Dr. Sharvelle has nine years of experience working on graywater projects. Her graduate studies were funded by NASA to optimize biological waste processing systems that would treat graywater with the end goal of potable reuse. The waste treatment concept employed entailed separate source collection and treatment of graywater, urine, and fecal material. Dr. Sharvelle’s experience in closed loop recycling of resources is very valuable for implementation of sustainable development concepts for urban water management. Dr. Sharvelle is currently working on sustainable urban water management including graywater reuse, reclaimed water reuse, development of models to estimate water savings associated with urban water conservation practices. Dr. Sharvelle also has several years of experience working on waste conversion to methane through anaerobic digestion.
Dr. Roesner joined CSU as the endowed Harold S. Short Chair of Civil Engineering Infrastructure Systems in 1999. His research at CSU is focused on improving urban water management, particularly through studying residential graywater reuse and improved urban drainage techniques to protect receiving water quality. Prior to joining CSU, Dr. Roesner assumed roles as Vice President and Technical Director of Water Resources while working for the consulting firm Camp, Dresser and McKee for nearly 25 years.
Dr. Grigg has experience in urban water and utility management as a researcher, consulting engineer, state official, and member of local boards. His recent emphasis has been on management and on distribution systems infrastructure. His published book titles include Water and Sewer Infrastructure Management (second edition) and Urban Water Infrastructure, along with other books on water and infrastructure engineering and management. His recent research has focused on water main failures, risk analysis, and water efficiency in cities.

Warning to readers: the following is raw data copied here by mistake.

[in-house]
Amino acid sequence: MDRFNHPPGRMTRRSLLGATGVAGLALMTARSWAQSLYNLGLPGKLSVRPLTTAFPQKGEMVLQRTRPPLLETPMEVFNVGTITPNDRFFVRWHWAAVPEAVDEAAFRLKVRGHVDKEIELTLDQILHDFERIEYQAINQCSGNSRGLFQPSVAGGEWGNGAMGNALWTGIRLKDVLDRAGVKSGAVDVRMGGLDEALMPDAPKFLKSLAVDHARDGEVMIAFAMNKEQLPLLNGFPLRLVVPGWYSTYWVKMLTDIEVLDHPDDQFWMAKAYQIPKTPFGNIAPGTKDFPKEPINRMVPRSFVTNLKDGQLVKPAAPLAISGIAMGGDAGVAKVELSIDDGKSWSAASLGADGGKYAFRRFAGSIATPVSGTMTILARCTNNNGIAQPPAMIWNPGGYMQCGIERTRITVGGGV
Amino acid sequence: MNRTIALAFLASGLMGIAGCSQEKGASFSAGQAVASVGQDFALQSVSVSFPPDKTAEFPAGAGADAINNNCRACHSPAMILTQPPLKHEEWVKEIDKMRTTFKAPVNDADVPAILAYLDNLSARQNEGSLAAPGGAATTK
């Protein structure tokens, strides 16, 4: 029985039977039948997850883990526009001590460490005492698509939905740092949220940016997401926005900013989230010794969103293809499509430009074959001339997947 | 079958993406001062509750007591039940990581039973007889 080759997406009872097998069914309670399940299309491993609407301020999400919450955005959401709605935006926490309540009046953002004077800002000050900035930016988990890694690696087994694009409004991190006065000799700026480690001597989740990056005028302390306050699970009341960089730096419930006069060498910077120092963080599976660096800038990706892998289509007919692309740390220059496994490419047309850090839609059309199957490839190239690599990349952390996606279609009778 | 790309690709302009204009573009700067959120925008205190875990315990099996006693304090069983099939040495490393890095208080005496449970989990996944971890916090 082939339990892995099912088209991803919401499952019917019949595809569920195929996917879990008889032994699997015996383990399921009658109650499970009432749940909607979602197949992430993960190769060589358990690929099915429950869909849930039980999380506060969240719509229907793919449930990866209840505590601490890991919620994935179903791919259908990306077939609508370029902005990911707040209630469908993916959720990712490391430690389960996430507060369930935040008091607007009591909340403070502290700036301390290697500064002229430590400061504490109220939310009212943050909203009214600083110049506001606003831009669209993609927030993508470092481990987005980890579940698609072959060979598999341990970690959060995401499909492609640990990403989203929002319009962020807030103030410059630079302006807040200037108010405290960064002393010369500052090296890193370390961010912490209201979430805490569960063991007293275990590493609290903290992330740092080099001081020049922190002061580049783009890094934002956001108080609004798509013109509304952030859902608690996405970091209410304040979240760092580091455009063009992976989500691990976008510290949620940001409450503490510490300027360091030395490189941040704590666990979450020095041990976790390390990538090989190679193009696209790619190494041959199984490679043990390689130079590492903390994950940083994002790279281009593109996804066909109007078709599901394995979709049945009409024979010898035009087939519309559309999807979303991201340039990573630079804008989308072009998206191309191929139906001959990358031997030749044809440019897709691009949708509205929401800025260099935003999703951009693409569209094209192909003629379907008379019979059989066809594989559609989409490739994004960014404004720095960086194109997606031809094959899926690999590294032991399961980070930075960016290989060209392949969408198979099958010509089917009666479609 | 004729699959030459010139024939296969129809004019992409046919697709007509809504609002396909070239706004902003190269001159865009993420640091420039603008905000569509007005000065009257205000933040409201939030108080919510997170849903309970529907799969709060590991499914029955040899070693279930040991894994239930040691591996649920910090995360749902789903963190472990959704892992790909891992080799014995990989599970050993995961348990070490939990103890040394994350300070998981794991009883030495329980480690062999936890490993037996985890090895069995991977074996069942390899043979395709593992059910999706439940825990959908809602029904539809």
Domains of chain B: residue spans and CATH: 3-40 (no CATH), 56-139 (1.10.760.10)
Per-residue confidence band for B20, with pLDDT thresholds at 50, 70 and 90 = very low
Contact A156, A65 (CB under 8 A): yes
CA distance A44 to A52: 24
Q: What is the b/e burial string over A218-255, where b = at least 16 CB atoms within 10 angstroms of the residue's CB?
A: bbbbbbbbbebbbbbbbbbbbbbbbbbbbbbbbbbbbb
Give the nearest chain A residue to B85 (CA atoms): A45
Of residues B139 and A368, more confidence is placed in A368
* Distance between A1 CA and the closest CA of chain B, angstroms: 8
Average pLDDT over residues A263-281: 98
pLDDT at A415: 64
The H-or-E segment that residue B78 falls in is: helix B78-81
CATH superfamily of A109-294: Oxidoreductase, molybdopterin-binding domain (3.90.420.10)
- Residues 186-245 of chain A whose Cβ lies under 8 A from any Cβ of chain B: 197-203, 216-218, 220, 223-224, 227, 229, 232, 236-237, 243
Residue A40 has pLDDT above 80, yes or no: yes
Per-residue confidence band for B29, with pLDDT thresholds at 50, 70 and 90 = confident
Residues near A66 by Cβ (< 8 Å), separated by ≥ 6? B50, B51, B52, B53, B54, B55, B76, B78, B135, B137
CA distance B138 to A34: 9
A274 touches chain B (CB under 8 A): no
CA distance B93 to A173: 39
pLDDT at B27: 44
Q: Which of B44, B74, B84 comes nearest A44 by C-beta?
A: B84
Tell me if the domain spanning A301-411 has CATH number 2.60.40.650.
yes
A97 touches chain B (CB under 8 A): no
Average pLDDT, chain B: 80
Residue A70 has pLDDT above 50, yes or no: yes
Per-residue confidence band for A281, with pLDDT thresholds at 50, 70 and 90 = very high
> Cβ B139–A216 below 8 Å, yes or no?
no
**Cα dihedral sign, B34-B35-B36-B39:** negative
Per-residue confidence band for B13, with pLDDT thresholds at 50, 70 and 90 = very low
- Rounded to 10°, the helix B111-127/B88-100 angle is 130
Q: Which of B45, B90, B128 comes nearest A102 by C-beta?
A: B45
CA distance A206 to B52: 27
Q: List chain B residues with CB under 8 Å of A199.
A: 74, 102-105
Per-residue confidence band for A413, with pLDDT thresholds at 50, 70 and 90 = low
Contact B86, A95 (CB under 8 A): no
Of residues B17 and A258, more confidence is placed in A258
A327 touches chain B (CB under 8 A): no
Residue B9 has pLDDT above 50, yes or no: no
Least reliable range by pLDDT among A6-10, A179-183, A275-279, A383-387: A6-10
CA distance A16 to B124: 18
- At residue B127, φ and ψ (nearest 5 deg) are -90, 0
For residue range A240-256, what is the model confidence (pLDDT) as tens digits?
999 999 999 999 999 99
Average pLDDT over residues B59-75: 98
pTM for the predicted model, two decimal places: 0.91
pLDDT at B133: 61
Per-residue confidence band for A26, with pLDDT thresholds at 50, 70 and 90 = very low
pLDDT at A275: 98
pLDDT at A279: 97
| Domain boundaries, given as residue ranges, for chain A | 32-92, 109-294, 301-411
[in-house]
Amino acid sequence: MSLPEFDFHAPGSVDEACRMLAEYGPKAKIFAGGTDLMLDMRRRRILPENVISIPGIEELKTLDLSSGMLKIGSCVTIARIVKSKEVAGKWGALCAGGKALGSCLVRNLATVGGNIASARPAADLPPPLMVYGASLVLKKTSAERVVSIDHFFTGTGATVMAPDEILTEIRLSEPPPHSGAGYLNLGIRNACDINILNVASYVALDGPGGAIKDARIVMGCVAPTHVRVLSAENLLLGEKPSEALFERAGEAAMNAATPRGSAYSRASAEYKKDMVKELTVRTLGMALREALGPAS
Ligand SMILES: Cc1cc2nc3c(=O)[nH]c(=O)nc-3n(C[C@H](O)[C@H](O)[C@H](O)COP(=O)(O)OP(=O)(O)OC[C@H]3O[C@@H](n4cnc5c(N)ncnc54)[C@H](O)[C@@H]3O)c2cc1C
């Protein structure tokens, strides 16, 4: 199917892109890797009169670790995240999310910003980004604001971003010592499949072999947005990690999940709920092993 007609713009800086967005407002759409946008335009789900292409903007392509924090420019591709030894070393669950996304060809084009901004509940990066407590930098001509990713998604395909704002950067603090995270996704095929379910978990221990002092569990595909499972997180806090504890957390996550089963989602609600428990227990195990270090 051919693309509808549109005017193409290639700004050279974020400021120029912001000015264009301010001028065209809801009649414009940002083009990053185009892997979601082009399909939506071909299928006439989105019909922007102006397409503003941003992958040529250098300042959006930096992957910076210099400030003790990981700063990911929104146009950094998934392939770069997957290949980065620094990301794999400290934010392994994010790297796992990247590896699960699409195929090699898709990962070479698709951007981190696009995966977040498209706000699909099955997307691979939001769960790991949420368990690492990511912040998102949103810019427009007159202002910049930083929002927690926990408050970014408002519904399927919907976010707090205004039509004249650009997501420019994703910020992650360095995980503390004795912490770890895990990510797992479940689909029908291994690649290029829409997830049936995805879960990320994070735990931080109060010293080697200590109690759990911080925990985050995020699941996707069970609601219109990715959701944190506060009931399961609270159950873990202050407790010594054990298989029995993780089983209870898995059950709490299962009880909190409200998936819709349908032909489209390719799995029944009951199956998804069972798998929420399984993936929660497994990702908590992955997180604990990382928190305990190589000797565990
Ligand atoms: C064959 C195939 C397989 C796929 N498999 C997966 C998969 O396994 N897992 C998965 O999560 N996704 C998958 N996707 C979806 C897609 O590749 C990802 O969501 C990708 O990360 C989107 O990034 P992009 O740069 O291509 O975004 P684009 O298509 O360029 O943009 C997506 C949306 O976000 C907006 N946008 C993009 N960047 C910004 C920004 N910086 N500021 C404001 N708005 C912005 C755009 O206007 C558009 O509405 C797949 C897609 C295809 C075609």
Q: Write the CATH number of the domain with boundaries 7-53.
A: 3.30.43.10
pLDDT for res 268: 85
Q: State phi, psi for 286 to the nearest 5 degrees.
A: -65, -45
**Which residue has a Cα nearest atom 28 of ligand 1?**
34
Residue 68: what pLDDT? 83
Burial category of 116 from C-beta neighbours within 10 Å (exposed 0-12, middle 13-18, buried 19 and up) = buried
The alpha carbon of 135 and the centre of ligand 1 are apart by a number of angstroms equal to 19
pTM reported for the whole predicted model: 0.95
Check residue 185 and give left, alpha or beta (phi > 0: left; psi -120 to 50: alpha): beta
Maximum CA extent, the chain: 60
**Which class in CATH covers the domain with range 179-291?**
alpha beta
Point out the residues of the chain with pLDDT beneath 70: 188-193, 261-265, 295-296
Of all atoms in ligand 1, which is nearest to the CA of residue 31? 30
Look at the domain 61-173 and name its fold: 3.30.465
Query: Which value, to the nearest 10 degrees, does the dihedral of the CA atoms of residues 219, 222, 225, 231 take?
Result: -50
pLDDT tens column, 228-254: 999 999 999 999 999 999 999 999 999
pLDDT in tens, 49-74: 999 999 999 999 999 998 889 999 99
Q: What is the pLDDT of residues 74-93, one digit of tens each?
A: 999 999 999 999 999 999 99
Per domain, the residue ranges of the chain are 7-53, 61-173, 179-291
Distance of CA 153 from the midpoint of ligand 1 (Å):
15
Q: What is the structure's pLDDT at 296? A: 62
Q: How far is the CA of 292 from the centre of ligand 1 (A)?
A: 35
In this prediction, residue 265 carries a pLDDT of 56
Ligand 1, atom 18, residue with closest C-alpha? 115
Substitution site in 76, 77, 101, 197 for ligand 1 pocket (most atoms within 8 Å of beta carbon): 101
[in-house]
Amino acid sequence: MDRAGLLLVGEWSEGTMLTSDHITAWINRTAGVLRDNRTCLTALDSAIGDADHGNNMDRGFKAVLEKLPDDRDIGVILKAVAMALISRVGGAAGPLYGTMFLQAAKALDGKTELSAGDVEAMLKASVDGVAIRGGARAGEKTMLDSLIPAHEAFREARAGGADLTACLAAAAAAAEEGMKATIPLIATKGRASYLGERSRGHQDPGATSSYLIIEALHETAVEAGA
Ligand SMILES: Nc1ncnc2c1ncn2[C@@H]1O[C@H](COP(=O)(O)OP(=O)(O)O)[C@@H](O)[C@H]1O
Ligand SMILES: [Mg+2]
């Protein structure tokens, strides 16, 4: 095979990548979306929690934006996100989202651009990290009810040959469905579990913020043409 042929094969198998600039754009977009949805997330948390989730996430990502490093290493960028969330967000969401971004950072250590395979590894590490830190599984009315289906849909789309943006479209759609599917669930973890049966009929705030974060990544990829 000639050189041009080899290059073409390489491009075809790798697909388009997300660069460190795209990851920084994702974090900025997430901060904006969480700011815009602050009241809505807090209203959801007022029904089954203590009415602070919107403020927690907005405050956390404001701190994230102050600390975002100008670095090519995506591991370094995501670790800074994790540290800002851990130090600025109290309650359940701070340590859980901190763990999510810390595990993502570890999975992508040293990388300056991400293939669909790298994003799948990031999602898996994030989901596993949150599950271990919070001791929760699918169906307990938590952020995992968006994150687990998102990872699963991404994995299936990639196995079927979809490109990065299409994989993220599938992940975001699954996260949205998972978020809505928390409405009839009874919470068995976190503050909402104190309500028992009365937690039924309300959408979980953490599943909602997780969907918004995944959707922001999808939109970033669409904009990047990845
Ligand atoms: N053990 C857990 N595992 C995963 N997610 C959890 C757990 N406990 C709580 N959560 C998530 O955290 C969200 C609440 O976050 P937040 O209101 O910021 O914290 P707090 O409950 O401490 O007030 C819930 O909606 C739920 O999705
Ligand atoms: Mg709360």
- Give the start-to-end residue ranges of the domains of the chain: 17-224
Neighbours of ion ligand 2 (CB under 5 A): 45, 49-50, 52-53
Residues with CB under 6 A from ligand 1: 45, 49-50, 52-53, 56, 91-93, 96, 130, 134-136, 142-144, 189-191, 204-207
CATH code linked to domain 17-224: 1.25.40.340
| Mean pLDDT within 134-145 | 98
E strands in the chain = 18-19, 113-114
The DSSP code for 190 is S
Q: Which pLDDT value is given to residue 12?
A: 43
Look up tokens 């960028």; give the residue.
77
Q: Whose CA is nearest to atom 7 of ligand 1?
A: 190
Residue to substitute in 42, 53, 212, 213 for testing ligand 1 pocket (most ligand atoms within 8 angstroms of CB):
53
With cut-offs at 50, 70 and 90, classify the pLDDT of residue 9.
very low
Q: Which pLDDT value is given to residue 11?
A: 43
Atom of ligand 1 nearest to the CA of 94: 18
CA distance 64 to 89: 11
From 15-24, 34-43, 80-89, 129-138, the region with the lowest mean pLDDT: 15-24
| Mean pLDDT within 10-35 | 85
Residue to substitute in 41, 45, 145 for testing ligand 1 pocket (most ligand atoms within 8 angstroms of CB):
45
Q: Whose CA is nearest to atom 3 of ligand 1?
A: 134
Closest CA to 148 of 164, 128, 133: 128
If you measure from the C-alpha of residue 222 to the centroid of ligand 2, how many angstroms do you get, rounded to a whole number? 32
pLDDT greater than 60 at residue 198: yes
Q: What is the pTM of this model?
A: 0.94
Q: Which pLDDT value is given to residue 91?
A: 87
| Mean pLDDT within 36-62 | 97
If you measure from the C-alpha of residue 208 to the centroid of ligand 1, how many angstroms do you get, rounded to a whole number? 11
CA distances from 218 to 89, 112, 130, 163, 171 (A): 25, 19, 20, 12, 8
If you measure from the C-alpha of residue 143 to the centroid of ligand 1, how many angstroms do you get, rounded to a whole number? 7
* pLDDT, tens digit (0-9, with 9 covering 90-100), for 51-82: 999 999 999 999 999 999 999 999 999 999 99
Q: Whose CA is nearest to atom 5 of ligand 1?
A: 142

Dr. Arabi is an associate professor of Civil and Environmental Engineering at Colorado State University. His research is primarily focused on development of decision support systems for management of water resources at the watershed scale. To make informed decisions, policy makers should have the tools necessary to identify areas that are most vulnerable to erosion and contaminant transport, and subsequently assess tradeoffs between environmental and economic impacts of management actions. Dr. Arabi has developed and demonstrated optimization-based approaches to facilitate development of watershed management plans that achieve water quality goals at significantly lower costs. He has published analytical and computational methods to support both deterministic and probabilistic evaluation of watershed-scale benefits of best management practices.
Chris is the Program Manager for the Colorado Stormwater Center at Colorado State University where he develops and conducts urban stormwater-related education and training for a variety of audiences. Chris is also a doctoral canditate in Civil and Environmental Engineering at CSU where he conducts research on design, monitoring, performance evaluation and modeling of stormwater best management practices. Chris has an M.S. in Civil Engineering from CSU and a B.S. in Environmental Engineering from the University of Wisconsin-Platteville. Prior to returning to graduate school at CSU, Chris worked as a water resources engineering consultant in California.